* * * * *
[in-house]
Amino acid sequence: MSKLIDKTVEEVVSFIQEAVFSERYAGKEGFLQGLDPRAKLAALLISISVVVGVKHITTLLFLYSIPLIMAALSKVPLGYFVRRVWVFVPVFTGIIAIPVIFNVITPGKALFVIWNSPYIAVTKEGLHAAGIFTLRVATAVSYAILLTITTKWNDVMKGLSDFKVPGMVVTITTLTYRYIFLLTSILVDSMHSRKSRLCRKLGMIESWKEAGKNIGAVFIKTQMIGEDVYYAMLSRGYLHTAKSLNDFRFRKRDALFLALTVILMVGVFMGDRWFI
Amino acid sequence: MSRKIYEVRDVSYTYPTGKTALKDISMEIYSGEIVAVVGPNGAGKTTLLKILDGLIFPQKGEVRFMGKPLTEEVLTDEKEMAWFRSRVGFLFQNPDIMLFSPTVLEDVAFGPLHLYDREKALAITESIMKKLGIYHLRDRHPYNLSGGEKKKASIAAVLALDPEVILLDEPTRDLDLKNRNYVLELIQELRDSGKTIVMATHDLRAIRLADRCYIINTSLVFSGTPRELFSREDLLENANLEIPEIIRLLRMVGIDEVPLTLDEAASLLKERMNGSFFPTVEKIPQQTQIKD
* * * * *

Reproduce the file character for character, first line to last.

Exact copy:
[in-house]
Amino acid sequence: MSKLIDKTVEEVVSFIQEAVFSERYAGKEGFLQGLDPRAKLAALLISISVVVGVKHITTLLFLYSIPLIMAALSKVPLGYFVRRVWVFVPVFTGIIAIPVIFNVITPGKALFVIWNSPYIAVTKEGLHAAGIFTLRVATAVSYAILLTITTKWNDVMKGLSDFKVPGMVVTITTLTYRYIFLLTSILVDSMHSRKSRLCRKLGMIESWKEAGKNIGAVFIKTQMIGEDVYYAMLSRGYLHTAKSLNDFRFRKRDALFLALTVILMVGVFMGDRWFI
Amino acid sequence: MSRKIYEVRDVSYTYPTGKTALKDISMEIYSGEIVAVVGPNGAGKTTLLKILDGLIFPQKGEVRFMGKPLTEEVLTDEKEMAWFRSRVGFLFQNPDIMLFSPTVLEDVAFGPLHLYDREKALAITESIMKKLGIYHLRDRHPYNLSGGEKKKASIAAVLALDPEVILLDEPTRDLDLKNRNYVLELIQELRDSGKTIVMATHDLRAIRLADRCYIINTSLVFSGTPRELFSREDLLENANLEIPEIIRLLRMVGIDEVPLTLDEAASLLKERMNGSFFPTVEKIPQQTQIKD